Open with DEXTER 
Fig. 4 Distribution (normalized frequency) of the orbital elements (semimajor axes a, eccentricities e, inclinations I and longitude of the ascending nodes Ω) of the CFEPS synthetic model for the Outer Belt. 

Open with DEXTER 
We have analyzed the distributions of the semimajor axes, eccentricities, inclinations and longitudes of the ascending nodes for all the dynamical populations identified by the CFEPS. Table 1 and Figs. 1 to 4 show such distributions. The most remarkable features of the orbital structure predicted by the CFEPS model are shortly summarized.
The inner belt is characterized by a lack of inclinations between 8 and 18 degrees, approximately. There are no inner classical belt objects in this inclination range due to the fact that the ν_{8} secular resonance is there and removes them all, as explained in Petit et al. (2011). Also, eccentricities have very small values, within 0.1.
It is interesting to notice the semimajor axes overall structure of the main belt, as described by the CFEPS synthetic model. Dynamical classes are clearly confined there. The cold component of the belt starts at some 42.5 AU, including both stirred and kernel populations. The kernel population is well confined within approximately 0.6 AU, starting around 43.8 AU. The bimodality in eccentricity and inclination distributions reflects the presence of the hot and cold components themselves. The distributions of eccentricities and inclinations of the cold component (the stirred and kernel populations together) show a Maxwellianlike profile that instead is not present in the distribution of eccentricities of the hot component of the main classical belt. This may be related to a relaxation in the collisional evolution of the cold component, that is also characterized by remarkably lower values of inclinations (and eccentricities) with respect to the hot component.
In the outer belt, the main feature is a clear lack of low eccentricity orbits, likely related to their scattered origin due to perturbations by giant planets in their early history (in agreement with Gomes et al. 2005). A nearly exponential decrease of the number of objects at increasing semimajor axes is also clearly shown (Fig. 1) down to some 500 AU.
The inhomogeneous distributions of the longitudes of the ascending nodes – in particular in the case of the cold main classical belt – is an effect due to the way data are handled in the synthetic model. In fact, elements are generated in the invariable plane reference frame, but the L7 model is given in ecliptic J2000 reference frame. The invariable plane has an inclination about 1.5 degrees with respect to J2000 ecliptic plane with direction of ascending node at about 107.5 deg. For this reason the distribution of the ascending nodes, uniformly generated in the invariable plane, is clustered in ecliptic coordinates. The effect is larger for the cold population due to its smaller mean inclination, while for the other components it is practically invisible.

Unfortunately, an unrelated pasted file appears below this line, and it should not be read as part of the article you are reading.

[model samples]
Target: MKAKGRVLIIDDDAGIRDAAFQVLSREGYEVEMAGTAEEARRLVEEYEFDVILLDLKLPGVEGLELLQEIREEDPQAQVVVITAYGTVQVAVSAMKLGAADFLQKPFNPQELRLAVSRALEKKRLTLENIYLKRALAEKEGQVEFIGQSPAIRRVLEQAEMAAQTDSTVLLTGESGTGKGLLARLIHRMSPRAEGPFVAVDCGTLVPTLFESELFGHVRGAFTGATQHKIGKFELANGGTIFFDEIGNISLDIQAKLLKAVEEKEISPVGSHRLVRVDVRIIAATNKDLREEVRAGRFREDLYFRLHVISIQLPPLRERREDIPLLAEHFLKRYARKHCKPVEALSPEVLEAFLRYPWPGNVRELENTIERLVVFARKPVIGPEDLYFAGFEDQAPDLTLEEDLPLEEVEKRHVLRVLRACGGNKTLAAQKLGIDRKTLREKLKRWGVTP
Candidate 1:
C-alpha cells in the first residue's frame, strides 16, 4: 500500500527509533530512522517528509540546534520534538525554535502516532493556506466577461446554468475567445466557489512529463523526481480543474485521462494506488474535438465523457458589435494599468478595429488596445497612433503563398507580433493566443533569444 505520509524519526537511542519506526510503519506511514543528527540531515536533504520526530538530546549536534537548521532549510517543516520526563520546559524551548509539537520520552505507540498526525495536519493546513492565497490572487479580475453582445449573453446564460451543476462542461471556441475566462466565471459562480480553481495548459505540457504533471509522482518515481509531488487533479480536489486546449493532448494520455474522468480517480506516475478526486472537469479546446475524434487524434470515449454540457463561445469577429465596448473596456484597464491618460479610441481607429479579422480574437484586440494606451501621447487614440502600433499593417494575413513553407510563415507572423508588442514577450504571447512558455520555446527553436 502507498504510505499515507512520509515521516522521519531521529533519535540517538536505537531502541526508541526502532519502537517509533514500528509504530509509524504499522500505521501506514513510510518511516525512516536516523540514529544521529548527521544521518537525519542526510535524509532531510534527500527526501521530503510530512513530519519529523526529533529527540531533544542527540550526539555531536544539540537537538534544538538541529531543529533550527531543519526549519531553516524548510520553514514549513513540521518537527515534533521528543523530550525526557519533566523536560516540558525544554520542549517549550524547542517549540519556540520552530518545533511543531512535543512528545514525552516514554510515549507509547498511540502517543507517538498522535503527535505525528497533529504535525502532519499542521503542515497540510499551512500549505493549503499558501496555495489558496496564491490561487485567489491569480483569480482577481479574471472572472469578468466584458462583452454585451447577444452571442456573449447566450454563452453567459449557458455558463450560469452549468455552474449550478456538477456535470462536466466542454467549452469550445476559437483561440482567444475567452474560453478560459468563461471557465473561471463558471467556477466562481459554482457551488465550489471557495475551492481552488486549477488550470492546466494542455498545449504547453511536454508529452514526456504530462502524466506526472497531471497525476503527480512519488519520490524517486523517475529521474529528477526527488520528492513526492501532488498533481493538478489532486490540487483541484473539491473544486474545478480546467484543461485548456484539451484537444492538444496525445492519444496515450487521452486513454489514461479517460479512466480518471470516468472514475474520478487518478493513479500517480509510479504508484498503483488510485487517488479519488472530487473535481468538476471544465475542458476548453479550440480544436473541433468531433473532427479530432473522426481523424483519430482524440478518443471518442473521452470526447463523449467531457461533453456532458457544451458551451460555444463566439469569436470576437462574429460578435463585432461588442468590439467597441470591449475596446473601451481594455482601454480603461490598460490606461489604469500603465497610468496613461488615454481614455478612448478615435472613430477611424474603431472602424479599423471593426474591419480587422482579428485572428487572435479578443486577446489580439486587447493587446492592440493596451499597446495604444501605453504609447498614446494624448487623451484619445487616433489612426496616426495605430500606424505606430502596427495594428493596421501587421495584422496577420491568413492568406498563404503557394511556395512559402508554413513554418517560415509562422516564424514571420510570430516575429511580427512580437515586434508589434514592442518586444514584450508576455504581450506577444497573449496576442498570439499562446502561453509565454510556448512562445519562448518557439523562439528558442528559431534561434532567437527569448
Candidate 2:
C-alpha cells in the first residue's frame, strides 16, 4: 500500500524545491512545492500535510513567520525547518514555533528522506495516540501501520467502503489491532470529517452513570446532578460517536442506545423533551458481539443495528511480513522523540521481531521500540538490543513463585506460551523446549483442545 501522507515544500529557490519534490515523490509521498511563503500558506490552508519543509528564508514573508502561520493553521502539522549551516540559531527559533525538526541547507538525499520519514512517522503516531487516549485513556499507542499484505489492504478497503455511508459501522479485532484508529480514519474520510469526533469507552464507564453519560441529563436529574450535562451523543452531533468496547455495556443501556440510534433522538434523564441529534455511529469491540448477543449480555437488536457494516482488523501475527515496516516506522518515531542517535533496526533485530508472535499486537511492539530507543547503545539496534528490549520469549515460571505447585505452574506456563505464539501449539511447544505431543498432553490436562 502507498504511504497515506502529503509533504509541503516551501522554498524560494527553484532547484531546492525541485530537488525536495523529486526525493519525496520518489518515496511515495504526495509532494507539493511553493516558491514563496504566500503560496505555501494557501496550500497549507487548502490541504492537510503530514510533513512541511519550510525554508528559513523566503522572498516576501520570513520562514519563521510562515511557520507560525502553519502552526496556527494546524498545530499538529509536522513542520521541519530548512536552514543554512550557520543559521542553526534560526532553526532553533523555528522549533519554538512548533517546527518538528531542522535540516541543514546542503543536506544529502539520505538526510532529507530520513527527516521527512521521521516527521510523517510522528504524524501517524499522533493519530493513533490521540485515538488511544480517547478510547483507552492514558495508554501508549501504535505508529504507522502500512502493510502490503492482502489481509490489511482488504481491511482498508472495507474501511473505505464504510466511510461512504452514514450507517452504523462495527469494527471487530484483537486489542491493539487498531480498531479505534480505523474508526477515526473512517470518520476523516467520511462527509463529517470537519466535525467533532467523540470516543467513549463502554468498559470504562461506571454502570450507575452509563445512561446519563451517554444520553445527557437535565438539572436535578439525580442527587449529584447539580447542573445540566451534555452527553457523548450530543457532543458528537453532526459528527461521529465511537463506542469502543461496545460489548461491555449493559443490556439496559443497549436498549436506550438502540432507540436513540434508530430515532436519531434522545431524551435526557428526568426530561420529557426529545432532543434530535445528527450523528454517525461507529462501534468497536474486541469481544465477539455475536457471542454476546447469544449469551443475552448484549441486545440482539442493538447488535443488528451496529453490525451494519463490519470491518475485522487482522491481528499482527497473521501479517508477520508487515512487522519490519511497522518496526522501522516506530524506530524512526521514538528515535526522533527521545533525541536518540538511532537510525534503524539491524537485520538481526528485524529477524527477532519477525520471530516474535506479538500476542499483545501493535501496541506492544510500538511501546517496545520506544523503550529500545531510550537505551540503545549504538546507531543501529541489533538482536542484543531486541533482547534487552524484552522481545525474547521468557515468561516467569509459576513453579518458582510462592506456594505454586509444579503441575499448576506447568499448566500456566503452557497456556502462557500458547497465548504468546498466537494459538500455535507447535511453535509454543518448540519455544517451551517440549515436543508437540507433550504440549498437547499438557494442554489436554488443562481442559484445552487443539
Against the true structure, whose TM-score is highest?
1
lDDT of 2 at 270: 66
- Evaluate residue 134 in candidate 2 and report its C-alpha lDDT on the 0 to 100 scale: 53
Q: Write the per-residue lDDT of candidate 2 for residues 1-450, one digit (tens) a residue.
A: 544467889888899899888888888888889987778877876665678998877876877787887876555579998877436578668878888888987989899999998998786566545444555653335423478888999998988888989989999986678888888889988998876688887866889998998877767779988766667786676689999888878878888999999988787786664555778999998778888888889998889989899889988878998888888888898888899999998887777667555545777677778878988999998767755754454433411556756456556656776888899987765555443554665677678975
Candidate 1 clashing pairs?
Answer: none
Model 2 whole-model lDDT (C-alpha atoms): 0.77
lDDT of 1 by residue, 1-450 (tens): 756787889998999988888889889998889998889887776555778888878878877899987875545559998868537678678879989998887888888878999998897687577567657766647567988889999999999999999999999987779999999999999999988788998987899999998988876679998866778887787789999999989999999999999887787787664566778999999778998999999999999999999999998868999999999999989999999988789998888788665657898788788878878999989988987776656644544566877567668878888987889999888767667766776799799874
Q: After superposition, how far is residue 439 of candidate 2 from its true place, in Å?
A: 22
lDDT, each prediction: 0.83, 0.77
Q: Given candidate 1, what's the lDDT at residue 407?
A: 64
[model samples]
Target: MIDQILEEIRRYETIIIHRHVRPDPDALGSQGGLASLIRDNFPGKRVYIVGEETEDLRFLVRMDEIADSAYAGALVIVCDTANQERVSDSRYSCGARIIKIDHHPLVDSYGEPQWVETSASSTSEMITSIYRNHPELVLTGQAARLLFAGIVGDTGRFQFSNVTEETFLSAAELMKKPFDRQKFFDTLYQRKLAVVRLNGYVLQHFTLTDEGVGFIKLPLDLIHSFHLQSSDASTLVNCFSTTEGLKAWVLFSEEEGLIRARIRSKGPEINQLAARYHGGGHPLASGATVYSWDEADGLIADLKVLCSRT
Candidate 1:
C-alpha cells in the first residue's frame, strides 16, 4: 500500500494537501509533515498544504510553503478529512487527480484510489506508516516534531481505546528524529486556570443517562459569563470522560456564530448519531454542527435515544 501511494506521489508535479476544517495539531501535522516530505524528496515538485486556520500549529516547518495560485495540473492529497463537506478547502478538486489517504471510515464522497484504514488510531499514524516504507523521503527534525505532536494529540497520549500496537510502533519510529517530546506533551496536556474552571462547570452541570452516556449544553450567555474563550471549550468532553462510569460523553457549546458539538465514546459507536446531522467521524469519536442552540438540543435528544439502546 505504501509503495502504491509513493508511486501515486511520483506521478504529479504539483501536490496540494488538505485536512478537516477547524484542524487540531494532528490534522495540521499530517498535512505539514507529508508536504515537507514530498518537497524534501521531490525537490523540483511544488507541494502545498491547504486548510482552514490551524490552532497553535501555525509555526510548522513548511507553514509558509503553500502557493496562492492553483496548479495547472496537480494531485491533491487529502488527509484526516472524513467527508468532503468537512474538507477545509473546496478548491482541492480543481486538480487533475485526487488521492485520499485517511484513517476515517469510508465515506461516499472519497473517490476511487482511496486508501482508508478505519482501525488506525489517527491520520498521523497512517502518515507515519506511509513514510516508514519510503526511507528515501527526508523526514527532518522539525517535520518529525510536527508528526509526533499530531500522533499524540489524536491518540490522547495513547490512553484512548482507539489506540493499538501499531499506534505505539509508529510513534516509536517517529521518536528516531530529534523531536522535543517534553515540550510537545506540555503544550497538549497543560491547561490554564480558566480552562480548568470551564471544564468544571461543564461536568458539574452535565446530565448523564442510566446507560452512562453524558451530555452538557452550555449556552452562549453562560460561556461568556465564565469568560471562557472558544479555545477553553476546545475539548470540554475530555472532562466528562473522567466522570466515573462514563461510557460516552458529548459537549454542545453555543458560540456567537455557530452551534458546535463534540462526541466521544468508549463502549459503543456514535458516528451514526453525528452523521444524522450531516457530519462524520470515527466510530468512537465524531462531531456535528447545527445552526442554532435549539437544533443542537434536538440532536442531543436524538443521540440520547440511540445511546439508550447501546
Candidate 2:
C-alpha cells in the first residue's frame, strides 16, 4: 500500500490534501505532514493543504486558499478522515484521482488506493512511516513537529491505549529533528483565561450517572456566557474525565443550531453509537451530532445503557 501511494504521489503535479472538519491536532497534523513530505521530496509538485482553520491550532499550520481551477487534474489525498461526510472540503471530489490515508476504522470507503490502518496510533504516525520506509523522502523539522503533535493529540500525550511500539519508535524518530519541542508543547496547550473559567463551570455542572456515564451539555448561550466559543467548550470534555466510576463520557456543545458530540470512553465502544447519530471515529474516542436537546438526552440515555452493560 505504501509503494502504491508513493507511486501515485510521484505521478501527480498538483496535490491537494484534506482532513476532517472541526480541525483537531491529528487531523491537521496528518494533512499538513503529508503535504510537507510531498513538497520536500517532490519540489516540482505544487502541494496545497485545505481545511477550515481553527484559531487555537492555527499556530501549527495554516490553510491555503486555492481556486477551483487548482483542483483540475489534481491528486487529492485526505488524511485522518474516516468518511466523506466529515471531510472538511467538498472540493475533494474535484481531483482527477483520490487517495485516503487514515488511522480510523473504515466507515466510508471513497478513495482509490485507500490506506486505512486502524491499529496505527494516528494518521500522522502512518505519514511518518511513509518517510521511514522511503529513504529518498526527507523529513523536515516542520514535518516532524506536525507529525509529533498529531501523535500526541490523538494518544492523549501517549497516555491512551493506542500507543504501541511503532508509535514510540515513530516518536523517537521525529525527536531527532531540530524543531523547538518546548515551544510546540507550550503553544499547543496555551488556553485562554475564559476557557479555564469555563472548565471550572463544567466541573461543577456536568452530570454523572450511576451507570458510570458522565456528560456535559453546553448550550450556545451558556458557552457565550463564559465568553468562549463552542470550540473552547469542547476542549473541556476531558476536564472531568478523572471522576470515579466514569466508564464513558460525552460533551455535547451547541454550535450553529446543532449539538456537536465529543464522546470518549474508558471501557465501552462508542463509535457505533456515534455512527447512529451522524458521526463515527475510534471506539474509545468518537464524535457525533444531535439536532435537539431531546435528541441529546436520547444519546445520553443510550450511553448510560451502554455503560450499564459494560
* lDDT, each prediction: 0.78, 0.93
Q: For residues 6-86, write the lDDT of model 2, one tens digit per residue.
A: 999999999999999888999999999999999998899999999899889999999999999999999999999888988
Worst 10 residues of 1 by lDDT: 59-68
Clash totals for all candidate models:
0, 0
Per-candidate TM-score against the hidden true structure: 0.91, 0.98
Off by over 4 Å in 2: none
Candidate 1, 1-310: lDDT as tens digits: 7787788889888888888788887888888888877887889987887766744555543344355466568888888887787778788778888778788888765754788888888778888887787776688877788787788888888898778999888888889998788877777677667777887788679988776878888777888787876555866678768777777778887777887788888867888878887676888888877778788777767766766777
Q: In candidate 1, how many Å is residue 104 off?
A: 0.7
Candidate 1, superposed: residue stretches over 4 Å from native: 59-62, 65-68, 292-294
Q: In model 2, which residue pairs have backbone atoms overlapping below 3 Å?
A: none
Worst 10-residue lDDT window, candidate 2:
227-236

4. Methods in TNO collisional statistics
4.1. Statistical parameters
Our goal is to investigate the statistics of collisions among objects regardless of their size belonging to any given dynamical group and for objects belonging to different groups. The main information about collisions among orbiting bodies around a common attracting mass the Sun, in our case is their mean intrinsic probability of collision (Wetherill 1967). In the simplified situation in which only two orbiting bodies with radii R_{1} and R_{2} (supposing them spherical) exist, the probability of collision is the average number per unit of time of the close approaches within a mutual distance that is less than the sum of their radii, R_{1} + R_{2}. From the knowledge of such intrinsic probabilities, more practical quantities can be derived in specific environments (e.g, the transneptunian belt, the asteroid belt, the Jupiter Trojan asteroids). Namely, the probability of collision, or more properly, the mean frequency of collision, that is the number of close approaches within a distance less than R_{1} + R_{2} occurring during a sufficiently long time T, divided by T. For a sufficiently long time we mean an interval of time during which all possible geometrical configurations of the system can come about. The probability of collision, avoiding the effect of the mutual gravitational attraction, is proportional to the geometrical cross section, that is the square of the sum of the radii. For definition, the intrinsic probability of collision P_{i} is the probability of collision in the case R_{1} + R_{2} = 1 km, so that the probability of collision is simply (R_{1} + R_{2})^{2}P_{i}. The intrinsic probability of collision is usually expressed in units of km^{2} year^{1}, and depends only on the orbital configuration of the system, regardless the size distribution of the bodies.
When more than two orbits are taken into account, the mean intrinsic probability of collisions ⟨ P_{i} ⟩ is computed. We follow the convention that ⟨ P_{i} ⟩ for the collisions between a given “target” orbit and a group of “projectile” orbits is defined as the sum of the intrinsic probabilities of collision between the target orbit and each projectile orbit, divided by the number of projectile orbits. In a statistical form, if is the intrinsic probability of collision between the target orbit and the projectile orbit (obviously ), then: